Diminished Value is the loss in resale value a vehicle suffers after an accident.
(PRWEB) January 24, 2013
Every year, there are over Ten Million car accidents in the United States, regardless of the severity, parties involved in the wreck suffer direct and indirect losses.
The direct losses are the physical damage to the vehicle and the bodily injury to the driver whereas the indirect losses are loss of use, loss of income and loss in value.
When shopping for a vehicle, with everything else being equal, car buyers would not pay the same amount for an automobile that's been wrecked and repaired versus an undamaged counterpart. A reduction in the sale price is therefore needed in order to sell the damaged and repaired vehicle.
This reduction in resale value is owed to the vehicle owner by the negligent party in a car accident and is normally paid by the insurance carrier. Loss in value is commonly called Diminished Value.
Courts across the country have decided that repairs could not bring back an automobile to its pre-accident condition. Diminished Value is owed to the vehicle’s owner and measured from the date of loss. Unfortunately, most drivers are unaware of Diminished Value and seldom demand compensation for this loss. In most cases, insurers will attempt to settle the loss is value portion of the claim for cents on the dollar.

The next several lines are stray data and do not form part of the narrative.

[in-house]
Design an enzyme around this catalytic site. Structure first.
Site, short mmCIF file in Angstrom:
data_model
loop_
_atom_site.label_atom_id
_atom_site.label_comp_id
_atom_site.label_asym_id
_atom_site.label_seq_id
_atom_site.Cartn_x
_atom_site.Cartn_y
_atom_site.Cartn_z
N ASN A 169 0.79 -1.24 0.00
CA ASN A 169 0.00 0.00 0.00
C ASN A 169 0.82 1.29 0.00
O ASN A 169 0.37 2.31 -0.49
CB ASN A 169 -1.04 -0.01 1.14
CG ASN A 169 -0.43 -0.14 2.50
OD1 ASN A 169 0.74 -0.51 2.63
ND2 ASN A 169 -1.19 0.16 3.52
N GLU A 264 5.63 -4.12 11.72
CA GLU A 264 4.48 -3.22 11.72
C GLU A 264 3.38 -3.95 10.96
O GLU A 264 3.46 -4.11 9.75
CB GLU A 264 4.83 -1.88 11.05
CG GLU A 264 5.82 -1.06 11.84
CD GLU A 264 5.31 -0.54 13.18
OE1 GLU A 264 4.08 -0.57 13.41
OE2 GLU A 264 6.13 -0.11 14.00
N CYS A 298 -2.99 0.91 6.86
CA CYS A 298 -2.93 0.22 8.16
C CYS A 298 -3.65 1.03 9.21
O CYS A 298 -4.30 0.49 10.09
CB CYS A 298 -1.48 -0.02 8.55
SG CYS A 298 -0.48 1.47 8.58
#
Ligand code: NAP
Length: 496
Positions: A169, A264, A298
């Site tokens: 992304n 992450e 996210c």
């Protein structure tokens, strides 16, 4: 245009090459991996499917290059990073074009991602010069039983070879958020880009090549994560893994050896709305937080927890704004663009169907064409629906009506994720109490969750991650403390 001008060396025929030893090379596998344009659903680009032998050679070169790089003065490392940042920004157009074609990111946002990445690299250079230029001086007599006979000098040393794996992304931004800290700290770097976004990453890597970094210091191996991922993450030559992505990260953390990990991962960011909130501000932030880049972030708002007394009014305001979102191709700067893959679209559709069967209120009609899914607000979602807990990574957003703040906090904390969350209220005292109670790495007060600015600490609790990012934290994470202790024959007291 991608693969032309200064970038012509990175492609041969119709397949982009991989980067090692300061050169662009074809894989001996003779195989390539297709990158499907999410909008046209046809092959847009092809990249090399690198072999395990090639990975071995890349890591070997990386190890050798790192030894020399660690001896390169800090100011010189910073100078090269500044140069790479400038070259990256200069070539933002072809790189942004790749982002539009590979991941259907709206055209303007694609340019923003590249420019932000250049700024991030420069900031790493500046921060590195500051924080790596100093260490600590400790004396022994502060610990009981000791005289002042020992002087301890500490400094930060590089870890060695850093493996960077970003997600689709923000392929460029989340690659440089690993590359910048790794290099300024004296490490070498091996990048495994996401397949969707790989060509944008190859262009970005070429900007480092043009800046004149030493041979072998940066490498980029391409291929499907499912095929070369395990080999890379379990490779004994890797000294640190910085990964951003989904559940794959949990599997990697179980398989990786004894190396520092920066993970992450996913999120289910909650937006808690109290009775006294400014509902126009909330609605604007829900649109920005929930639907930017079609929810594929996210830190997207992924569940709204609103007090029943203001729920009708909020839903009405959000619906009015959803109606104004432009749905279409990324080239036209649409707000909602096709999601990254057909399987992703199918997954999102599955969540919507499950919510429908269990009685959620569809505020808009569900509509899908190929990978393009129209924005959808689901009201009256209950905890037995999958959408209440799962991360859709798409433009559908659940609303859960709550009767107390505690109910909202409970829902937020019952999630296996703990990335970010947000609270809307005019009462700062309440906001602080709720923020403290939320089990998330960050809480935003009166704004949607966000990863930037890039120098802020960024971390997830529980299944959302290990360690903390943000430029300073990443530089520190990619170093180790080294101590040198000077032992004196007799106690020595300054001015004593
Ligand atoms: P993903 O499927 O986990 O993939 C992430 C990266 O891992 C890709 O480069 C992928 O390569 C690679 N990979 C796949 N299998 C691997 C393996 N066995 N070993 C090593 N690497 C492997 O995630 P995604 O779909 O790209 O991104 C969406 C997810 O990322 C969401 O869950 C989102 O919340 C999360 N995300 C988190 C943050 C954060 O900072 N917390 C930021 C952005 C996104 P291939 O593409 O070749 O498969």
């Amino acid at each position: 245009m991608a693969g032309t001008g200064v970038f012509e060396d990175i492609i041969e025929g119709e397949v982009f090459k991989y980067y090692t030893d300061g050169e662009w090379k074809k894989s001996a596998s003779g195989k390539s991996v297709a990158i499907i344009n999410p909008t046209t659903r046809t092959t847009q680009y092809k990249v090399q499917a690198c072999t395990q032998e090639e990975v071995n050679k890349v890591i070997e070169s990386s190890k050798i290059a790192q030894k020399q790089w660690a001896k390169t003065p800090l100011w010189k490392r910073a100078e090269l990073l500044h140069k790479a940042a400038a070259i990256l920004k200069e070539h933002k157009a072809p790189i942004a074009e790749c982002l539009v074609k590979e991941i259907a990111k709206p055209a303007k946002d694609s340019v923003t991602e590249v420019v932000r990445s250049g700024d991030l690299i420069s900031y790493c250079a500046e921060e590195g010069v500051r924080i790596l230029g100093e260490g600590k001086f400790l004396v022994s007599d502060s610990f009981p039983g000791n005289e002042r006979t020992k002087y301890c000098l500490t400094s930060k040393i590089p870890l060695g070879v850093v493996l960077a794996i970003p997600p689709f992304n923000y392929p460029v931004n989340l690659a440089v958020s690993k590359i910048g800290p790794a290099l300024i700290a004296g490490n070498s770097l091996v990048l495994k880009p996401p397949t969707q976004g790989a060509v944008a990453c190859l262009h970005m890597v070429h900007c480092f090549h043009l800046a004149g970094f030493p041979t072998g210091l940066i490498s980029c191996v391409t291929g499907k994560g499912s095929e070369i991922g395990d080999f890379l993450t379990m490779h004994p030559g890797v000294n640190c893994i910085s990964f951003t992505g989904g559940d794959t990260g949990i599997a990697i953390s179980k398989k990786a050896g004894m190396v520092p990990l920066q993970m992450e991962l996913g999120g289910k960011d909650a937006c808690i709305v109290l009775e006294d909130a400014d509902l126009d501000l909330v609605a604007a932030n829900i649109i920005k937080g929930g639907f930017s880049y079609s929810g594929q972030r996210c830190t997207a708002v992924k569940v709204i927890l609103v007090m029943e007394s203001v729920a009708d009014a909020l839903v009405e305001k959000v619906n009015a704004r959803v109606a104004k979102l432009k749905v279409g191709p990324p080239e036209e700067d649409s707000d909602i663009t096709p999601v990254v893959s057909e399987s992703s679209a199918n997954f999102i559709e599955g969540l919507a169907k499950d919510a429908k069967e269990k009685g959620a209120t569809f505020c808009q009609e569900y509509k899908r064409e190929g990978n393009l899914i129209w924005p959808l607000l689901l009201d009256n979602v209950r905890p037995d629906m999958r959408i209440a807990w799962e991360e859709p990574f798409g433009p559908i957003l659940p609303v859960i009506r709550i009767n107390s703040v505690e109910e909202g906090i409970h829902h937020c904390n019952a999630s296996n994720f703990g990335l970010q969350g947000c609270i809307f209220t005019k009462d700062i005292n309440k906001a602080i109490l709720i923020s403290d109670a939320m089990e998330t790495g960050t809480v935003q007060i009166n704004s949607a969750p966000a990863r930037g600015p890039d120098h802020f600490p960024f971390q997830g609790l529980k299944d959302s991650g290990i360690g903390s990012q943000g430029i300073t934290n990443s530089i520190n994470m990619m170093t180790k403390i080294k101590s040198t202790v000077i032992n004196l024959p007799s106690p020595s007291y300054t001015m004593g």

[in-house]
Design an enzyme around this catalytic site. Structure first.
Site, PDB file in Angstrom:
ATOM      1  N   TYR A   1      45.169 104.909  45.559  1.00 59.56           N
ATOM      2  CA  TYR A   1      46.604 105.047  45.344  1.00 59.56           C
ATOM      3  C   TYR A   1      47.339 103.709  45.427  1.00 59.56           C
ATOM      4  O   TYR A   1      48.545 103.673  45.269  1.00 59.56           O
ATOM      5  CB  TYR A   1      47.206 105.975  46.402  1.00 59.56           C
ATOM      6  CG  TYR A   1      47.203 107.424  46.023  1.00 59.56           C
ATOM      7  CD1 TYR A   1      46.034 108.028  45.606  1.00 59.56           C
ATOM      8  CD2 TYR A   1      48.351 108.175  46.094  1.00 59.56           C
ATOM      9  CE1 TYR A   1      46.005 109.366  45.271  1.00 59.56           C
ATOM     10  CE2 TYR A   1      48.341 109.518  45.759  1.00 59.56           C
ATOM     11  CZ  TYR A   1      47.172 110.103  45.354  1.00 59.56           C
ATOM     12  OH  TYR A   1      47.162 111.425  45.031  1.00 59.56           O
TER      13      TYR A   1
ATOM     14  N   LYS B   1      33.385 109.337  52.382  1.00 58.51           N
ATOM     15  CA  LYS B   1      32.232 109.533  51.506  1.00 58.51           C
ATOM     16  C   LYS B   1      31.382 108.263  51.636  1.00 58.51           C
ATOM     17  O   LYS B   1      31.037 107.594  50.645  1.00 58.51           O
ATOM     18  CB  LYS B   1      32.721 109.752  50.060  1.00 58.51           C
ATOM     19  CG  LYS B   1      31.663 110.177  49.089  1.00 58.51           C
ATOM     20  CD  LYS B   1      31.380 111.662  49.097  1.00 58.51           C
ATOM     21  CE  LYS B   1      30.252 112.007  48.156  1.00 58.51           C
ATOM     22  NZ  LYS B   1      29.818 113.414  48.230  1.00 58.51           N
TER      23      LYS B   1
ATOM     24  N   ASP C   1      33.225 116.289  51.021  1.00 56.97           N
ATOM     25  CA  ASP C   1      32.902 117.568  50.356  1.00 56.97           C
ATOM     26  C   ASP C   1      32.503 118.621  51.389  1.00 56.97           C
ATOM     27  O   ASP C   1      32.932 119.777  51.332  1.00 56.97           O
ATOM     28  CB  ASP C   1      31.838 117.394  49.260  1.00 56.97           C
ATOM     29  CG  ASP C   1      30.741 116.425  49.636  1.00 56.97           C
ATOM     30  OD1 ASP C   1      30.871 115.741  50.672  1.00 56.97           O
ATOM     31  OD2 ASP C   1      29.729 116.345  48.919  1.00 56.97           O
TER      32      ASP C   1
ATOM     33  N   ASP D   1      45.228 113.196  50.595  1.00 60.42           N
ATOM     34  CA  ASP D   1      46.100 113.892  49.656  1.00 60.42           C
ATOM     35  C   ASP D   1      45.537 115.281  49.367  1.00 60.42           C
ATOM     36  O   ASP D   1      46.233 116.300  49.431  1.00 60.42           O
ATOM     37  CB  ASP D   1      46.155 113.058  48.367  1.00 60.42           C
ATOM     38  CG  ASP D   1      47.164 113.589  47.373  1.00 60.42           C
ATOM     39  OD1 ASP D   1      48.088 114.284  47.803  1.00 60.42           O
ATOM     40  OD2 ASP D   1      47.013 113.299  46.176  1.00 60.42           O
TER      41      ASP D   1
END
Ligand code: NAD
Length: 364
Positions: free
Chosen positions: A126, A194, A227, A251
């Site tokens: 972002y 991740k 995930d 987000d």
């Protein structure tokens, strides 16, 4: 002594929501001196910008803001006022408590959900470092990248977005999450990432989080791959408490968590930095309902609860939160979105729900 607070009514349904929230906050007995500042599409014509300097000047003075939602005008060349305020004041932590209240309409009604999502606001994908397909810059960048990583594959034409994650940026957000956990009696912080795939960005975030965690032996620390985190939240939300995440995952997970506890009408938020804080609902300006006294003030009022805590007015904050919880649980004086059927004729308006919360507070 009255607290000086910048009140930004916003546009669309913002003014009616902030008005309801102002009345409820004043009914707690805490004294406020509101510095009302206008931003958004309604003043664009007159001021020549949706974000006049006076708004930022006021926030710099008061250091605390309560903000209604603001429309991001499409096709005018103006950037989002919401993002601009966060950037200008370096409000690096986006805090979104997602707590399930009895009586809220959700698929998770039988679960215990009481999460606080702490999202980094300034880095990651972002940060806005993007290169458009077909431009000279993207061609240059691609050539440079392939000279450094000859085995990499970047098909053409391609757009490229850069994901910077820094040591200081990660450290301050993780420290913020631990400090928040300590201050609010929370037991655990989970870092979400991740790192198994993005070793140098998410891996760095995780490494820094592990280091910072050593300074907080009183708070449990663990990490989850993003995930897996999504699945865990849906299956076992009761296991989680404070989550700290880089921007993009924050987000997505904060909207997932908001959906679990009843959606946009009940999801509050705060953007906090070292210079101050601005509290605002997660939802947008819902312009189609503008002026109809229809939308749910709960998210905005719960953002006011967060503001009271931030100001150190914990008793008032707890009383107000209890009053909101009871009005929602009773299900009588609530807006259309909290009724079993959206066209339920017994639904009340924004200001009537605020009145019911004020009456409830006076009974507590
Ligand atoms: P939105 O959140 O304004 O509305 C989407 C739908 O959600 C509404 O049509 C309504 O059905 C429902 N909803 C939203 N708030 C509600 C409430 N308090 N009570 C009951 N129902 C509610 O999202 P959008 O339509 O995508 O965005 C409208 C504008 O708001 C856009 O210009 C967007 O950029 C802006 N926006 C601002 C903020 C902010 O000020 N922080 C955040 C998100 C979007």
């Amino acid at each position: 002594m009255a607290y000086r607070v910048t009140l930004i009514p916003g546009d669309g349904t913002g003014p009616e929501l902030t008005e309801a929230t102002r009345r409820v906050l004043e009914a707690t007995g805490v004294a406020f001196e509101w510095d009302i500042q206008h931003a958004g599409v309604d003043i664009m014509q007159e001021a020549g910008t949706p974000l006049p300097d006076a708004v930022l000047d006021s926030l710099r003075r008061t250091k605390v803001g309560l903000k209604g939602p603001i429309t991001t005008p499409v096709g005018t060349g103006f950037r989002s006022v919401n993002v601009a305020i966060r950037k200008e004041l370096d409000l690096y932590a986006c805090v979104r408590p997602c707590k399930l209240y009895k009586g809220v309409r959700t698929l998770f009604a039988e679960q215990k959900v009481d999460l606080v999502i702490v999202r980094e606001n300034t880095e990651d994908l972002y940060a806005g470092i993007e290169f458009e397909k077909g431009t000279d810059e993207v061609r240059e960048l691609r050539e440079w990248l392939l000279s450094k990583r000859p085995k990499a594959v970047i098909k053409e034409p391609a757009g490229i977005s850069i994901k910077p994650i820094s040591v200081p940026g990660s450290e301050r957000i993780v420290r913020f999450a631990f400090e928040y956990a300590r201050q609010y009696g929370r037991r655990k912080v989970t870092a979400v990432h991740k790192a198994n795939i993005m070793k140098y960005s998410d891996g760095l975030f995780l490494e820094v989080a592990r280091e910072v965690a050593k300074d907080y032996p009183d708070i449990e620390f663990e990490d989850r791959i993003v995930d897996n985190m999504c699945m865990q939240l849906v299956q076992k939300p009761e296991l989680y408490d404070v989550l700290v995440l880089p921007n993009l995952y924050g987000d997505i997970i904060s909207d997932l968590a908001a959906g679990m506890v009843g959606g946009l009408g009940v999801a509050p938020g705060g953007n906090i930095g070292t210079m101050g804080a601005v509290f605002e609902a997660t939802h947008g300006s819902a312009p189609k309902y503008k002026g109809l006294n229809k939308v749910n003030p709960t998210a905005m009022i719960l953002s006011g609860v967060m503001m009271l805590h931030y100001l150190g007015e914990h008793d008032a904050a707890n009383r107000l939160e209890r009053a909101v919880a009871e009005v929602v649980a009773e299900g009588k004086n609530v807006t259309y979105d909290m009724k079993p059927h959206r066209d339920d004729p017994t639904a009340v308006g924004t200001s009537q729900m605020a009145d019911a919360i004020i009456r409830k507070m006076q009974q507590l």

Most insurance carriers are currently using an erroneous and inaccurate, percentage based, formula called 17c. This bad formula takes a percentage of the vehicle's pre-accident value. Most valuations are capped at 10% of retail and exclude vehicles over 100,000 miles.
By law, insurance carriers are required to consider evidence a claimants submits, so, to be properly compensated for the vehicle's loss in value, vehicle owners should retain the services of a licensed and independent auto appraiser.
Not only will an independent appraiser properly quantify the vehicle's value in an unbiased fashion, their reports serve as documented proof of the loss and help to serve as evidence if the claim escalates to an official complaint or court case.
In addition to the appraisal report, claimants should send the insurance carrier a time limit demand letter that puts them on notice and serves to start the clock on establishing a bad faith claim down the road. Carriers are required to handle claims in good faith and in a timely manner, many states have bad faith insurance statutes to protect the public against unfair practices.
For more information please contact Antoine Rached at Diminished Value Bureau by calling 678-404-0455 or visit their website at http://diminishedvaluebureau.com/.